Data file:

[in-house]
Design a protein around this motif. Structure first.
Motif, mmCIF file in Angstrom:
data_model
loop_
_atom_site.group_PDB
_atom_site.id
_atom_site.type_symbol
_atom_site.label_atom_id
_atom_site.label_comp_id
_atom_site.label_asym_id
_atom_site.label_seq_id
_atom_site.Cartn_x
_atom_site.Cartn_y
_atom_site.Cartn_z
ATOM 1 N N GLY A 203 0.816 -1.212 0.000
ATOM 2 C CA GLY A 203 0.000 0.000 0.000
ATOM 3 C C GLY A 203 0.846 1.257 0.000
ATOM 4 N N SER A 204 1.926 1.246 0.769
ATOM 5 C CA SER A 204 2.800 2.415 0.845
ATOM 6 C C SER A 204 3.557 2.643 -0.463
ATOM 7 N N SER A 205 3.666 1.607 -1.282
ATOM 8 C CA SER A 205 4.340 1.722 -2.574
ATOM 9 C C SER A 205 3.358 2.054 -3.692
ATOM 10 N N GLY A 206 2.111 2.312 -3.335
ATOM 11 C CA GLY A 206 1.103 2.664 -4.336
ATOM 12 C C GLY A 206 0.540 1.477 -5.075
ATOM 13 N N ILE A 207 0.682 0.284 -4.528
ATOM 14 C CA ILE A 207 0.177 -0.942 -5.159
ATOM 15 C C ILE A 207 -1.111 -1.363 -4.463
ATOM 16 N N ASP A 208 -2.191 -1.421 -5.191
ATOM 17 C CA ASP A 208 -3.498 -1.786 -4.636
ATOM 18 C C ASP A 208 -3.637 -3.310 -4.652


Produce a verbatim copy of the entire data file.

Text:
[in-house]
Design a protein around this motif. Structure first.
Motif, mmCIF file in Angstrom:
data_model
loop_
_atom_site.group_PDB
_atom_site.id
_atom_site.type_symbol
_atom_site.label_atom_id
_atom_site.label_comp_id
_atom_site.label_asym_id
_atom_site.label_seq_id
_atom_site.Cartn_x
_atom_site.Cartn_y
_atom_site.Cartn_z
ATOM 1 N N GLY A 203 0.816 -1.212 0.000
ATOM 2 C CA GLY A 203 0.000 0.000 0.000
ATOM 3 C C GLY A 203 0.846 1.257 0.000
ATOM 4 N N SER A 204 1.926 1.246 0.769
ATOM 5 C CA SER A 204 2.800 2.415 0.845
ATOM 6 C C SER A 204 3.557 2.643 -0.463
ATOM 7 N N SER A 205 3.666 1.607 -1.282
ATOM 8 C CA SER A 205 4.340 1.722 -2.574
ATOM 9 C C SER A 205 3.358 2.054 -3.692
ATOM 10 N N GLY A 206 2.111 2.312 -3.335
ATOM 11 C CA GLY A 206 1.103 2.664 -4.336
ATOM 12 C C GLY A 206 0.540 1.477 -5.075
ATOM 13 N N ILE A 207 0.682 0.284 -4.528
ATOM 14 C CA ILE A 207 0.177 -0.942 -5.159
ATOM 15 C C ILE A 207 -1.111 -1.363 -4.463
ATOM 16 N N ASP A 208 -2.191 -1.421 -5.191
ATOM 17 C CA ASP A 208 -3.498 -1.786 -4.636
ATOM 18 C C ASP A 208 -3.637 -3.310 -4.652